Don’t do Outreach like one of those PR types, do it like an SEO


When building web links you should be using FBI powered, psychographic profiling during outreach.

It’s no longer enough to simply show people content and expect them to do what you want them to do, which is sharing and linking. You need to put a particularly crafted piece of content in front of someone you KNOW will desire it.

You KNOW they will desire it because you have conducted psychographic and cultural analysis of your target.

This is actually very simple.

  1. You find out someone eats pies.
  2. You give them pies.
  3. They eat pie.

If this is too simple for you I can find a Digital Agency who will charge huge amounts of money to explain the same thing in a more complex way.

This series of posts is part of my current Instagram experiment

Using SEM Rush to determine link quality

This is a guest post by Ryan Stewart, who first came to attention from me with his great blog post on, Why I Stopped Selling SEO Services and You Should, Too

Link building is about one thing: driving traffic.

That’s it. Mostly.

So what about link building using social media?

I see a lot of sites actively marketing themselves through social media, and I get it. From a purely business point of view, any link that drives traffic to your site is a good link. Traffic is traffic, and social media can bring it in.

However, from a traditional SEO view, those kinds of links lack the domain authority and trust flow (often less than five) and wouldn’t be considered a good link.

Search engines crawl between websites through links, so it’s easy for them to measure how much traffic is passing through a link. And that’s the measurement you want to tap into.

Measure The True Metrics

SEM Rush, a paid subscription service, is my favorite link building tool.

There are a lot of third party tools that promise to help you measure traffic with their own custom metrics–domain authority, or trust flow, for example–but what you need to be measuring are the metrics from Google, Bing, and Yahoo. Third party metrics are fine–don’t get me wrong–but they aren’t true metrics from search engines and they aren’t as useful for link building.

SEM Rush is the place I go to measure what the search engines are measuring, and it’s what I use to help me determine which websites are a good target for my link building efforts.

SEM Rush has the ability to gather a lot of data, but for determining link quality, it is particularly easy to use:

  • Take the URL from the website you are targeting for link building, and paste it into the top search bar.
  • Click on “Organic Research” on the left-hand side and a drop down menu will appear.
  • Click on “Positions” from the dropdown.

SEM Rush

On your screen, you’ll see lots of data with an at-a-glance graphic, as well as a traffic and keyword chart. (Click on “Try new design of Organic Search Positions” if your screen is different than the screenshot below.)

semrush 2

You will do these few steps for each website you are researching, concentrating on the information provided on this one screen. From here, you can use a simple three-step process to streamline your link building program.

1. Look At A Site’s Link Quality

The first step is the main step: figuring out which sites have high quality links.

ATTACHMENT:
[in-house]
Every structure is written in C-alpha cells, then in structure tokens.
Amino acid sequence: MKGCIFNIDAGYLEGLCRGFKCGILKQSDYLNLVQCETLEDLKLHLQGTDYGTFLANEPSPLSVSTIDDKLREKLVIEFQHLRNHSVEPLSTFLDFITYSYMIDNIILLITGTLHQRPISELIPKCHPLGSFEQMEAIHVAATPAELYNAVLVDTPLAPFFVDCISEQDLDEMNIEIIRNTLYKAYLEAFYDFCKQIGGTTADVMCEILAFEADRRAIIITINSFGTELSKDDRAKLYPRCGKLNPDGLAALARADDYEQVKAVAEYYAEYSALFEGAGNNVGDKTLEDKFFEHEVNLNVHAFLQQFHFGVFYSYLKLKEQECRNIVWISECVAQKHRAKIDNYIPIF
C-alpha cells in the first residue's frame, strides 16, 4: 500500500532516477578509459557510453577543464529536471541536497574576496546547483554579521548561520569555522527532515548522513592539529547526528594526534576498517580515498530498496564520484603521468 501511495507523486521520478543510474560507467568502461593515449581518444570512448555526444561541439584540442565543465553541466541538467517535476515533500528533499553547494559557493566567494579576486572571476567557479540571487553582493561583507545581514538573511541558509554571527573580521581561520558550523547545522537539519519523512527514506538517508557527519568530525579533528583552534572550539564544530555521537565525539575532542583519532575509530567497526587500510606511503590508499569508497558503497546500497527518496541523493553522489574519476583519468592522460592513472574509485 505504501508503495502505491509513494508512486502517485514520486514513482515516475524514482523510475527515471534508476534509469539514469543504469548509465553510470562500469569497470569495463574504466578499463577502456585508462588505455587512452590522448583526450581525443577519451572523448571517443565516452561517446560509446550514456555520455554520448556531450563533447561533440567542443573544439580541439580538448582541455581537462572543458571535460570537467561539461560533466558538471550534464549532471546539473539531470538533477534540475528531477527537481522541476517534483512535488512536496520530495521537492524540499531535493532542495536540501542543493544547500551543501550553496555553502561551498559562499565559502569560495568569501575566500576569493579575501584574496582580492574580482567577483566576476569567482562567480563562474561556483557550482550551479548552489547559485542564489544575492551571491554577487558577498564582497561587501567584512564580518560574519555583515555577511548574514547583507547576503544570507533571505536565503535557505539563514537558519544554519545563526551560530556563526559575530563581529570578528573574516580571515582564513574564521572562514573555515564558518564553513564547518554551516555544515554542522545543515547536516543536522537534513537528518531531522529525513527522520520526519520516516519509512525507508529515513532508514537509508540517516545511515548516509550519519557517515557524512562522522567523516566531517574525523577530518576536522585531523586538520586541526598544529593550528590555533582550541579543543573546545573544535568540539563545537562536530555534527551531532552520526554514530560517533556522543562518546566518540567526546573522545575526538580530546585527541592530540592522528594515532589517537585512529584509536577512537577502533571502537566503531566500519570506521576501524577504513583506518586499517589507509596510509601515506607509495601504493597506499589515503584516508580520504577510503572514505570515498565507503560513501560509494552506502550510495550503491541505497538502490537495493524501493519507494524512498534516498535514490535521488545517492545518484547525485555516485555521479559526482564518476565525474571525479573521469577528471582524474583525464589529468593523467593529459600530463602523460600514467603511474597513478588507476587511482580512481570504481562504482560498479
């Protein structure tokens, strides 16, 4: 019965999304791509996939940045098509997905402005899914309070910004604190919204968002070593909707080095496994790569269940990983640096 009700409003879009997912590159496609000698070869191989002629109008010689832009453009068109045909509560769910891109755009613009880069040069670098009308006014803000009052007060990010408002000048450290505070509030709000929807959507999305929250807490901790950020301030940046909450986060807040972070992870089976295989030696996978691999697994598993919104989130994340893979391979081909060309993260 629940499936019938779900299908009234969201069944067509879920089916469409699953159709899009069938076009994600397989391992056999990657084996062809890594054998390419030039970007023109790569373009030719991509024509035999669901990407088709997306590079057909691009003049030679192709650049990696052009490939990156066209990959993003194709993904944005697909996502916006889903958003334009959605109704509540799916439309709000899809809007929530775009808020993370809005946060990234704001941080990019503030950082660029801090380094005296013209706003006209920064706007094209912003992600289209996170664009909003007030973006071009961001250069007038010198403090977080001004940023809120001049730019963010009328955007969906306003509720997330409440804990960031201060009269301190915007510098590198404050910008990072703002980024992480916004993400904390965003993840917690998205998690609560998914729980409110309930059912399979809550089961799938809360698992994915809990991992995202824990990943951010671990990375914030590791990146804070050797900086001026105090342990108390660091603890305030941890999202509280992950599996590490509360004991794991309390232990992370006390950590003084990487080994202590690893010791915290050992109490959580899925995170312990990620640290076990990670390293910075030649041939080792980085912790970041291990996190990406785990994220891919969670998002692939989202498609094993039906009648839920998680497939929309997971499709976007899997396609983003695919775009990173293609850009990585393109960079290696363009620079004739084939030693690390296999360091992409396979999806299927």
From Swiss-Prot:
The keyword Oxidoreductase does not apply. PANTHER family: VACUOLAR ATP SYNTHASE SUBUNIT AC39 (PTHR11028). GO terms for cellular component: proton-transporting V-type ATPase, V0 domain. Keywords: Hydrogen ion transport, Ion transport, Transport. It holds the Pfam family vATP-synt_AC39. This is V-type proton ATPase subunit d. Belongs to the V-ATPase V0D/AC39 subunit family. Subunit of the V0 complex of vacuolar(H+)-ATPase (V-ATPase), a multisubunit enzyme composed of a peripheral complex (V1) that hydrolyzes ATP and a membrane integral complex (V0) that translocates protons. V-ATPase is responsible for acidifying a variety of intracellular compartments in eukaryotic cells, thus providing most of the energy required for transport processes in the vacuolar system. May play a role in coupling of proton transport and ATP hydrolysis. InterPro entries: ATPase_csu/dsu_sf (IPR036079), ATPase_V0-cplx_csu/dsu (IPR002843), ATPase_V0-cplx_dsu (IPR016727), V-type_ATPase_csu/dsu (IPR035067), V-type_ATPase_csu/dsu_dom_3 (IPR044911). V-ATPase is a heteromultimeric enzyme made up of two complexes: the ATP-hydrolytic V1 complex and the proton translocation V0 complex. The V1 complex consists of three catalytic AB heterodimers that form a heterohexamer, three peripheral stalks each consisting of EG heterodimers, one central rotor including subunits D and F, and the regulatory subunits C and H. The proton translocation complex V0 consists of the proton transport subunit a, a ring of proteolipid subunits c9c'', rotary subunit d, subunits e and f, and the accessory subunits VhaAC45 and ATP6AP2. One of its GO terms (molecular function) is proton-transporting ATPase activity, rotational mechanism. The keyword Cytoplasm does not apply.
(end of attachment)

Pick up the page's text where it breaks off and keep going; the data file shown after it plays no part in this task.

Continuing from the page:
There are a few things we need to look at to determine that link quality, and SEM Rush makes this information pretty easy to find. The questions you’ll need answers for are:

  1. How many keywords is that website ranking for?
    1. How much traffic does that website have?
      What is the cost of that traffic? (This is calculated by how much it would cost to pay for that traffic via Google adwords.)

SEM Rush creates a graphic that tells you these three things at a glance.

SEMrush 3

If you figure that keywords are approximately a few cents each, you can do some rough math and figure out how much the traffic costs per keyword.

The main thing, though, is you want to see more keywords, more traffic, and higher cost. For the three metrics in this graphic, the higher the better. Any potential links that you might end up placing on such a site, whether through guest blogging or other methods, can drive lots of traffic back to your site as well as increase ranking.

We’re going to come back to link quality in the third step, when we get to prioritizing our link building targets.

2. Look For Clean Domain History

Next, you want to find out whether the website you’re targeting is clean.

Look at the graph located to the right of the link quality graphic we just talked about. This graph shows traffic or keyword rankings over time.

A huge spike and then a sharp plummet is not a good sign. A spike and a huge crash means the domain could be potentially toxic. It has stopped growing and its traffic is drying up. Mostly likely, it was penalized for shady activity in the past.

SEMrush 4

What you want to see is a graph that shows the domain moving up and to the right, like the screenshot below.

SEMrush 5

A graph like this shows a site that is actively gaining traffic and actively marketing itself. Sites with these types of graphs are ones you want to place on the top of the list for link outreach.

3. Prioritize Your Efforts

Now that you know the quality a potential link has, and how healthy a domain is, you’re ready to prioritize.

But first: even if a website has low traffic or evidence of traffic drops, you may still want to work with them.

The point in searching out quality is so that you can prioritize your outreach efforts and make better use of your resources, not to avoid connecting and networking with other sites. High quality websites always go first because they have the most impact on your site’s SEO rankings, but don’t write off the other sites.

So, what is a high quality site? It’s a site with lots of keywords, lots of traffic, and a high cost for traffic with a clean and steadily growing history for its domain.

To target the high quality links first, follow a few simple steps.

1. Set standards based on link quality.

Set a standard between 1 and 5, with 1 being the lowest, signifying a link that isn’t as powerful, and 5 being the highest with a powerful link and your ideal target. Use the chart below as a guide to help you categorize the link quality from your SEM Rush research.


These rankings will be your tags for each link.

For sites that have a mix of rankings, such as level 3 keywords but level 2 traffic and cost, you would assign a level 2 ranking. Essentially, you’re trying to average out the data to determine the best quality ranking for each site. It’s especially important to honor the traffic history (i.e. if all the data is a 3 ranking, but there is a traffic drop, the true ranking for that site will be a 2).

2. Track rankings and interactions.